New research highlights just how important adequate sleep is for toddlers. Parents are only too aware of the consequences of missed naps for their toddler… tea time tantrums… bedtime melt downs…. Research now suggests more far reaching and possibly lifelong consequences of toddlers missing naps.
The research led by professor Monique LeBourgeois of the University of Colorado Bolder studied the emotions, reactions and problem solving ability of 2 ½ and 3 year olds who had missed a nap. The children attempted to solve both a solvable and unsolvelable picture puzzle both after a nap, and then after missing a nap the following day.
After being deprived of their nap the children showed a 34% decrease in positive emotional responses after solving the solvable puzzle compared to solving a puzzle after a nap; when nap deprived children attempted to solve the unsolvable puzzle they showed a 31 % increase in negative emotional responses compared to their attempts after a nap.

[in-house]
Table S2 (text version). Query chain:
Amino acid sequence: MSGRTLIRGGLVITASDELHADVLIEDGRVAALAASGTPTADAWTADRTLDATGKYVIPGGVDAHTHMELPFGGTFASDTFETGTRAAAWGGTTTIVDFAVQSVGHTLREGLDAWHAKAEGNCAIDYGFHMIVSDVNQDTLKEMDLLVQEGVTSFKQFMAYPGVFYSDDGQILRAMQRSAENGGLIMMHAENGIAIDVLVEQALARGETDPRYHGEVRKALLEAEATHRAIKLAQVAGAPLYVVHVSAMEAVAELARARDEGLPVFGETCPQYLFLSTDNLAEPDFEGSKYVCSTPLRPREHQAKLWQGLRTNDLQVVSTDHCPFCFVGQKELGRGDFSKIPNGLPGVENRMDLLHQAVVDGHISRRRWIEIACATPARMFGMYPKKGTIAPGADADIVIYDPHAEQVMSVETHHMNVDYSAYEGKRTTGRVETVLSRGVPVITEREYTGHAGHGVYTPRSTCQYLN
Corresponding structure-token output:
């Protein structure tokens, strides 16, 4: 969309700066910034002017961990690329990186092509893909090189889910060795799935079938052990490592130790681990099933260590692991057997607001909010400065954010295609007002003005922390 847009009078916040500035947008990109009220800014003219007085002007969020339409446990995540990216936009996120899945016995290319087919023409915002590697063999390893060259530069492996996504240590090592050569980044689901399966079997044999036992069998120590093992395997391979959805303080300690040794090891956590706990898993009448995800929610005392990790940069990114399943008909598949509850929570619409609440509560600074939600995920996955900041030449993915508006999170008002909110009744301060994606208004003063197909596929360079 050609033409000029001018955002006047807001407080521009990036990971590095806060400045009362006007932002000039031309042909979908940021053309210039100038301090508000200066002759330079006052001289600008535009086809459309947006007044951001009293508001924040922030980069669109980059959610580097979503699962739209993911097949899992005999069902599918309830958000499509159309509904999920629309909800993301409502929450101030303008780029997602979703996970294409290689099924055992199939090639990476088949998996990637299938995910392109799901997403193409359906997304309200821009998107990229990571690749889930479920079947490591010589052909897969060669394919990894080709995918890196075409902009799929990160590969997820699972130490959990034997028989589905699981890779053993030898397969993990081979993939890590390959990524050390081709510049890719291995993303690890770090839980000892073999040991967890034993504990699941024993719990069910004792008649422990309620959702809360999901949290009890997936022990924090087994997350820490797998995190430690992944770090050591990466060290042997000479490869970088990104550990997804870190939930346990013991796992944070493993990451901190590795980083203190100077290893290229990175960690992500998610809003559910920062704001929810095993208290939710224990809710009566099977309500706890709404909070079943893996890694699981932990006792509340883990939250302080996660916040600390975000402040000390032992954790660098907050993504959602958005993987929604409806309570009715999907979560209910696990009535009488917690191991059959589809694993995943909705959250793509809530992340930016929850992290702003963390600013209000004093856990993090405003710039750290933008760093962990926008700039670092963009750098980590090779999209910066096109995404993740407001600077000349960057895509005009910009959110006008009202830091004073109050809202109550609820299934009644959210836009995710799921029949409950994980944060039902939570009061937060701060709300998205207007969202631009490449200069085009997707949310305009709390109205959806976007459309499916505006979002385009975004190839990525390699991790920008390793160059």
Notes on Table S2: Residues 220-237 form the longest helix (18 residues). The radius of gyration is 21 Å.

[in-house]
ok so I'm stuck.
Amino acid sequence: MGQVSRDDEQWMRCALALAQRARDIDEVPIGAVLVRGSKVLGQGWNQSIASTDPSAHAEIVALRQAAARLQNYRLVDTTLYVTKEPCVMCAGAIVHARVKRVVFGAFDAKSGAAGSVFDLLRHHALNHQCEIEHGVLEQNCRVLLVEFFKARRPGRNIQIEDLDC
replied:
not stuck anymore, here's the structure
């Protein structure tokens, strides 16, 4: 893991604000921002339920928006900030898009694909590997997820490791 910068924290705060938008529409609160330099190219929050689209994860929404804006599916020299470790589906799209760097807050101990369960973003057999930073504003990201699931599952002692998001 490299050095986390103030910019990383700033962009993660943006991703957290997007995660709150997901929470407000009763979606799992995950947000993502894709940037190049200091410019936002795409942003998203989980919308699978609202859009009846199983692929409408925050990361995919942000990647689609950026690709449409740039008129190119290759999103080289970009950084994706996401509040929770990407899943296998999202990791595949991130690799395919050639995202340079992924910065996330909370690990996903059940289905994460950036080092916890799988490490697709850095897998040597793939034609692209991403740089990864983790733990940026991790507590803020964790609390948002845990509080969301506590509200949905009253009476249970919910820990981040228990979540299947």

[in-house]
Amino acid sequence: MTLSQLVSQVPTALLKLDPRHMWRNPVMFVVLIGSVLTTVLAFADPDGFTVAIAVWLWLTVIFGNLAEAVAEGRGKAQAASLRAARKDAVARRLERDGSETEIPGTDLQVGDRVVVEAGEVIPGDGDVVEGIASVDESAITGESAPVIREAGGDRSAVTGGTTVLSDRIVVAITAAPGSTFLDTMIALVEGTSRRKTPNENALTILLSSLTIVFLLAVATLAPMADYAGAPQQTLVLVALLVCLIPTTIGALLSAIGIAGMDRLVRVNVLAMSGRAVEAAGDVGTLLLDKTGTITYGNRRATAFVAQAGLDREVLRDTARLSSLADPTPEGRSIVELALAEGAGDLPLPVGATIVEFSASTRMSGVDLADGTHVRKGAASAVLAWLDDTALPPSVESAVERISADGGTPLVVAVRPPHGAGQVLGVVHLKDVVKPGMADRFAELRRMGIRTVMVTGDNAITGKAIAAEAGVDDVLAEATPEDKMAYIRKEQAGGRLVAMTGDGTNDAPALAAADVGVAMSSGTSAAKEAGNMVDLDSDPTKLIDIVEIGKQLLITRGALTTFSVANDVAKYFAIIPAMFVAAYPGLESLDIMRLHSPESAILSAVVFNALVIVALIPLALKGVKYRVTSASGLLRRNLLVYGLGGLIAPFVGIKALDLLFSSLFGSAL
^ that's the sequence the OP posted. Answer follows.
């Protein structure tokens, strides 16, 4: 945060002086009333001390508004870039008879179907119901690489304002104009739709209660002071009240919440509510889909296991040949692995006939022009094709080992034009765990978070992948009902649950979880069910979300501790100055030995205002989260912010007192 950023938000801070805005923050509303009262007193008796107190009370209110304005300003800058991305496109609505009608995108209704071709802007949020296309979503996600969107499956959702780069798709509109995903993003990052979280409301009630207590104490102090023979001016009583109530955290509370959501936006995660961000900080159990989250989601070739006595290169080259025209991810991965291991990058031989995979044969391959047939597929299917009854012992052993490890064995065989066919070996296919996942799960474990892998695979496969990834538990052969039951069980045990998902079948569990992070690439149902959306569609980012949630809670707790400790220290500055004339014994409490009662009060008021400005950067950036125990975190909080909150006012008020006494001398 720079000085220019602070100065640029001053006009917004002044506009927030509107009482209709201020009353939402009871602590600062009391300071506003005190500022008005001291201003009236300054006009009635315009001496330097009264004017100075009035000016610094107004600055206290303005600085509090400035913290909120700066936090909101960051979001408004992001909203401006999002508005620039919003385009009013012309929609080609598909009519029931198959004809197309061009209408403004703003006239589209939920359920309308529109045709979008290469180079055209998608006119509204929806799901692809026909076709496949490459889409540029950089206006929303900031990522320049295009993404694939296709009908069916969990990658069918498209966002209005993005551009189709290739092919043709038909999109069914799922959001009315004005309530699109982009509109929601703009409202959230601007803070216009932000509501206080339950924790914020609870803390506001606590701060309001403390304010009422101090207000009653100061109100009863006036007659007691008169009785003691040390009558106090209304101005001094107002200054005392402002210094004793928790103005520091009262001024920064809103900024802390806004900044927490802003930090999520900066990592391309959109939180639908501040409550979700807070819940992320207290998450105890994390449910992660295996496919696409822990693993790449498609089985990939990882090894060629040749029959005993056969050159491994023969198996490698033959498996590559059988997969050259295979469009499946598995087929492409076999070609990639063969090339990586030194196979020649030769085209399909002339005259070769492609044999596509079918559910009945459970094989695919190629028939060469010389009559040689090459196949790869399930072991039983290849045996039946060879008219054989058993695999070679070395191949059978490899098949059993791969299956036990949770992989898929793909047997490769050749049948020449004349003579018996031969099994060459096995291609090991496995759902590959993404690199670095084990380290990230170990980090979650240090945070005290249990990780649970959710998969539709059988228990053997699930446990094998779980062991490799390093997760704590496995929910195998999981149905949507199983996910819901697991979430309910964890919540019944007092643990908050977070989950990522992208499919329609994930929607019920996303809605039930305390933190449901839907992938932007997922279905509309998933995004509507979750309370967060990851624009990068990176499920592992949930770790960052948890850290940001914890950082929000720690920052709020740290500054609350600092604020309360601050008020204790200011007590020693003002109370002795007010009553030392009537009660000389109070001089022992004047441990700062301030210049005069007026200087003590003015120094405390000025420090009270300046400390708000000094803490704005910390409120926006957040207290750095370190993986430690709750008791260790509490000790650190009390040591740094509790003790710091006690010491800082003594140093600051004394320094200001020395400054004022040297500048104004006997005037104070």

Researchers suggest that the measured emotional responses of the toddlers demonstrate that sleep deprived toddlers may experience a decrease in coping skills, be more prone to tantrums and frustration, have difficulty interacting positively with others, and experience decreased cognitive engagement. Professor LeBourgeois concludes that overtime the consequences of missed naps for toddlers “may shape their developing emotional brains and put them at risk for lifelong, mood-related problems”.
So, how much sleep does your toddler need? Well, on average toddlers between 1 and 3 years require between 12 and 14 hours sleep a day, 11-12 hours of which is night-time sleep. By 18 months toddlers have usually reduce to one nap a day of about 2-2 ½ hours, and this nap reduces to about 1- 1½ hours at around 3 years of age.
Children and sleep National Sleep Foundation.